Although Boston’s playoff hopes have been dashed by their woeful play in the first half of the season, there are still reasons to watch the Red Sox. The young players on the roster are improving across the board, and hope to make the road to the playoffs tough on their opponents. Ian York takes a look at Rusney Castillo and how, despite his recent slump, his bat finally seems worth the contract he received.
Rusney Castillo had a slow start for the Boston Red Sox this year. On June 21, he had a pathetic .544 OPS, and he was relegated to AAA Pawtucket for a month. Even there he did not impress, playing 22 games with just a .667 OPS, but he was called back up to the big leagues anyway on July 27. From then until September 7, he had an .830 OPS, looking much more like the player the Red Sox hoped they were signing for 7 years/$72.5 million.
A slow start for Castillo is excusable, given that he had not played organized baseball for two years after his defection from Cuba in 2013. We can use a rolling ten-game average to see how his offense has progressed this year (the horizontal lines represent his overall season averages):
His season averages are held down by his slow start, and he is currently in a slump, but for most of the second half of the season he has been a good to very good batter, with some power and moderate patience.
Over the season, he has a significant platoon split, hitting left-handers much better than righties (.333/.373/.508/.881 vs. .252/.280/.354/.635). While the extent of that split is similar in both first and second halves, he still has a respectable OPS (about .700) against RHP in the second half, and has hit LHP very well in that period (OPS over 1.000).
Looking at where in the strike zone he has hit balls of various categories, the most remarkable thing about his profile is how well balanced he is:
In these charts, the background contour plots show where the pitches of each type were located. The size of the outer circles represent the number of strikes – called or swinging – in each sub-zone, and the size of the inner circles represents the number of hits he achieved in each section. The color of the inner circles represents the number of bases he has achieved on average for his hits in each zone; bluer circles are less than average, and redder circles have more power than the average batter. As a right-handed hitter, Castillo stands to the left of each of these charts, since they are from the umpire’s viewpoint.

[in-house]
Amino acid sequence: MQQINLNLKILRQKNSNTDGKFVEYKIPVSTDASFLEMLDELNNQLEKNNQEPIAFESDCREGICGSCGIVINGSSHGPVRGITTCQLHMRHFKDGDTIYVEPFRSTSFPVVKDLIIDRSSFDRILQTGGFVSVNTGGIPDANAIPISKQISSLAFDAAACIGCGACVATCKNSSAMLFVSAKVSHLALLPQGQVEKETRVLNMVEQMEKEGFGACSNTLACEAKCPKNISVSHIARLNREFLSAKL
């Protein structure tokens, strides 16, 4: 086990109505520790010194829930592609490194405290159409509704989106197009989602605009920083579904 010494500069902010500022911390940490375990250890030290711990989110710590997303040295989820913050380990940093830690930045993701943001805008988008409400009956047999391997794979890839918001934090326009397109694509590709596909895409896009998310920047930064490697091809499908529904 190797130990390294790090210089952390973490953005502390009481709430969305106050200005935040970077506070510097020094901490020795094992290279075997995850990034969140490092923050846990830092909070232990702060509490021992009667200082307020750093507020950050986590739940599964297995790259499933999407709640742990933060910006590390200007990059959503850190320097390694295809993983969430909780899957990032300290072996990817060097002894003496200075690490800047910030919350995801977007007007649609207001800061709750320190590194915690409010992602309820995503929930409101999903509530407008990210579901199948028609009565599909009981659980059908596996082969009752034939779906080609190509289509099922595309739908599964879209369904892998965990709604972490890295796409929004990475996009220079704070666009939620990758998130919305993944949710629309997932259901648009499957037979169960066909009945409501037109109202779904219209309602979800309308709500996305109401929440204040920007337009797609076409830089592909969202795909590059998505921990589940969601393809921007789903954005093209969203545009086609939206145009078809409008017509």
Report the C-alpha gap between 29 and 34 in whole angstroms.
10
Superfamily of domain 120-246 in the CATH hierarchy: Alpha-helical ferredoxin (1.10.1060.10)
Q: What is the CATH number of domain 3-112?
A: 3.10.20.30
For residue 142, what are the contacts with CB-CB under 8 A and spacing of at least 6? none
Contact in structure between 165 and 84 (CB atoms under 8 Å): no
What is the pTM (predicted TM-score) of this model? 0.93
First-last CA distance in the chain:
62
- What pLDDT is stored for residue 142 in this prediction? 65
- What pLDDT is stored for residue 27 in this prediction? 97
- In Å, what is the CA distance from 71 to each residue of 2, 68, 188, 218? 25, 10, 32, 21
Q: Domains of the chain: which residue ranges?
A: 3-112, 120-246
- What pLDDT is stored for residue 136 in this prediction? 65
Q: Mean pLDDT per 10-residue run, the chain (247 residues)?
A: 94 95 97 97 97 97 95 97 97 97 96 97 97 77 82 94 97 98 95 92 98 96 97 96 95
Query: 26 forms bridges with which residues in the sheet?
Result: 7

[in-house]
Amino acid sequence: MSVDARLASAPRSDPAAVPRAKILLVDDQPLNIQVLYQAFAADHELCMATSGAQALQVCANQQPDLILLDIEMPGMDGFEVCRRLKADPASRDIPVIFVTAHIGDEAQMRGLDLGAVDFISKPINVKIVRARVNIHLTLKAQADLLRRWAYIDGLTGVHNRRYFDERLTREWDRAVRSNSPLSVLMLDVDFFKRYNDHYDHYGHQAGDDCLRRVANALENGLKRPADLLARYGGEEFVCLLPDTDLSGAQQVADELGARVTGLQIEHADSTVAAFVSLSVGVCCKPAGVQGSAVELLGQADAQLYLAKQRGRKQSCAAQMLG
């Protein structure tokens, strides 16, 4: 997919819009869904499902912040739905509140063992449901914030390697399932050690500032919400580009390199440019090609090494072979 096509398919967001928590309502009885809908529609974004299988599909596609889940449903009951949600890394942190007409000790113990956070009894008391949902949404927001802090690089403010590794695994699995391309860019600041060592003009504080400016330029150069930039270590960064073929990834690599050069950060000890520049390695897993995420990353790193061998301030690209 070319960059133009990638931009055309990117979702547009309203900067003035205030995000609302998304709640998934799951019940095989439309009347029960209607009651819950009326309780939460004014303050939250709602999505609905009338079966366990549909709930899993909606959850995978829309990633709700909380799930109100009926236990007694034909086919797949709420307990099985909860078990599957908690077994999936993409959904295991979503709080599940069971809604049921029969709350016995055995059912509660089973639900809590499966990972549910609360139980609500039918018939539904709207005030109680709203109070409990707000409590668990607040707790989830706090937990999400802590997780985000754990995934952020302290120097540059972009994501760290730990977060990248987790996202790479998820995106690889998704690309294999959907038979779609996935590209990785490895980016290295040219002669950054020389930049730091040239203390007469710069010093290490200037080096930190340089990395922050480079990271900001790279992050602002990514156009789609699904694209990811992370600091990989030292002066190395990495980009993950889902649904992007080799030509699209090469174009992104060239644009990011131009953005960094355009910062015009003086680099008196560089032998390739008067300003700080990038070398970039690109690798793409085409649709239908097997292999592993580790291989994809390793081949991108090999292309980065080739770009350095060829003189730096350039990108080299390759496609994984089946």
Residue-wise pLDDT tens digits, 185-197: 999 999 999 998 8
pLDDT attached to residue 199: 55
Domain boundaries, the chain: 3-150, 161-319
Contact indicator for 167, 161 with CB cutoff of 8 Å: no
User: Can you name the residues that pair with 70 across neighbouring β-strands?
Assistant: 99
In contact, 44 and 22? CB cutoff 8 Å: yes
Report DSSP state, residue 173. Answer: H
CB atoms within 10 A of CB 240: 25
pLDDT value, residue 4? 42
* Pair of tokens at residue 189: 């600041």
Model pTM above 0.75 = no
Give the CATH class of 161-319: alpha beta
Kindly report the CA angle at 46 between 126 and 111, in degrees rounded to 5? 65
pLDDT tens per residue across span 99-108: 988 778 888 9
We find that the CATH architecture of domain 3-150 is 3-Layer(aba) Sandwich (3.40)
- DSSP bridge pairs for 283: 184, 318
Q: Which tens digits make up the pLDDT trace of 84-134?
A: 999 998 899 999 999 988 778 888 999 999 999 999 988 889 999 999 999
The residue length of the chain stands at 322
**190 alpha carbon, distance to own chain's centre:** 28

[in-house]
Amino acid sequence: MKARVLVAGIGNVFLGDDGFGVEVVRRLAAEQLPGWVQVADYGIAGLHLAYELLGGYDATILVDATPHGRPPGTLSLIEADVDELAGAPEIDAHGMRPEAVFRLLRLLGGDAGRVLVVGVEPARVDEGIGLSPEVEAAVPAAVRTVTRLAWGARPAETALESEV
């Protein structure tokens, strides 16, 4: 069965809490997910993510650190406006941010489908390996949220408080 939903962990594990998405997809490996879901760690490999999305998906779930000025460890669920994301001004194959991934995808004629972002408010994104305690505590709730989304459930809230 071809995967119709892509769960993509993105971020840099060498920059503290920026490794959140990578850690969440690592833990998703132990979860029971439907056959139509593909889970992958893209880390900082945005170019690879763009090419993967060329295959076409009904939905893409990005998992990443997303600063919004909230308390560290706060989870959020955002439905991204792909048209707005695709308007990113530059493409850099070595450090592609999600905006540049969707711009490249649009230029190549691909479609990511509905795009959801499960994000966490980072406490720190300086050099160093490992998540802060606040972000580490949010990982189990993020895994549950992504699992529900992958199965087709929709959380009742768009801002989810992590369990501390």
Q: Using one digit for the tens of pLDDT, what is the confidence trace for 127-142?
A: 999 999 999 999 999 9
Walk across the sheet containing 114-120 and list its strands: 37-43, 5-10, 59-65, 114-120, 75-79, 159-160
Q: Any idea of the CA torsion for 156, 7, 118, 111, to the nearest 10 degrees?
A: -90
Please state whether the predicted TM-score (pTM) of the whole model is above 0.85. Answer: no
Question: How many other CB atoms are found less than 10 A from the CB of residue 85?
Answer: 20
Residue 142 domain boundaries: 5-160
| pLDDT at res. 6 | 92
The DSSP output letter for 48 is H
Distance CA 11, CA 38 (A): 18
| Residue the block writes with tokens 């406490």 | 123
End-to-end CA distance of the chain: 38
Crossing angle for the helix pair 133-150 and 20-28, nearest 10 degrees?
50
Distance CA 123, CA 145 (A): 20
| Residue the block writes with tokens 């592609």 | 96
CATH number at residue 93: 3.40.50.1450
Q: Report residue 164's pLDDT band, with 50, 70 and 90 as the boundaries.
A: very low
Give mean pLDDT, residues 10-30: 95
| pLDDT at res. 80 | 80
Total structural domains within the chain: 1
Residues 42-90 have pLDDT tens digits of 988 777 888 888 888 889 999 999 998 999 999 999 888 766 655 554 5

For each sub-category, Castillo has roughly 1 hit per 10 pitches or more, a rule of thumb for a decent hitter. That means there is no category of pitch or handedness that has him completely baffled. Similarly, his hits are distributed quite evenly through the whole strike zone; he does not depend on pitches in a specific area. About the only trend that shows up is that he hits pitches toward the outer part of the plate with more power, which is a fairly common pattern among batters; but he is still able to hit the inside pitch to get on base. He has a tendency to chase offspeed pitches below the strike zone (as seen by the open circles below the zone). That is also a very common tendency; it’s a main reason pitchers throw offspeed pitches in the first place.
Castillo has not racked up enough innings for defensive statistics to be reliable, but he passes the eyeball test as a plus defender. He has good range and a strong arm, and (especially in the second half) has seemed to get good reads and good jumps on batted balls. There have been a couple of occasions when his concentration has seemed to lapse (most obviously, throwing the ball into the stands with only two outs), but in general he seems to be a more than acceptable outfielder.
One small surprise about Castillo this year has been his lack of aggression on the basepaths. In Cuba, he was a fairly prolific base-stealer (68 SB/28 CS in 323 games from his age 20 to 24 years) and in Pawtucket he stole 10 and was caught twice in 40 games; while in the majors he has just 3 SB in 5 attempts and FanGraphs grades him as a roughly neutral baserunner.
Overall, Rusney Castillo is turning out to be a very solid, though not extraordinary, package. Assuming that his second half is closer to his true level than his rusty first half, he is an above average batter, combining reasonable patience and power, as well as an above-average outfielder. His hit profile does not show any obvious weaknesses for pitchers to attack, suggesting that his results are sustainable. His minor-league numbers suggest that as he grows accustomed to the major leagues, he can also contribute as a base-stealer. His contract with Boston takes him to 2020, when he will be just 32 years old, so it is realistic to expect him to perform at his present level or higher for most of that time. Barring injury, he should be part of a strong outfield for years to come.
Ian York has written about Koji Uehara, an impressive start by Eduardo Rodriguez, Joe Kelly’s approach in certain counts, the effect of better bullpens on offensive strategy, Rick Porcello’s resurgence, Matt Barnes’s first start, and a look at the much improved Jackie Bradley Jr.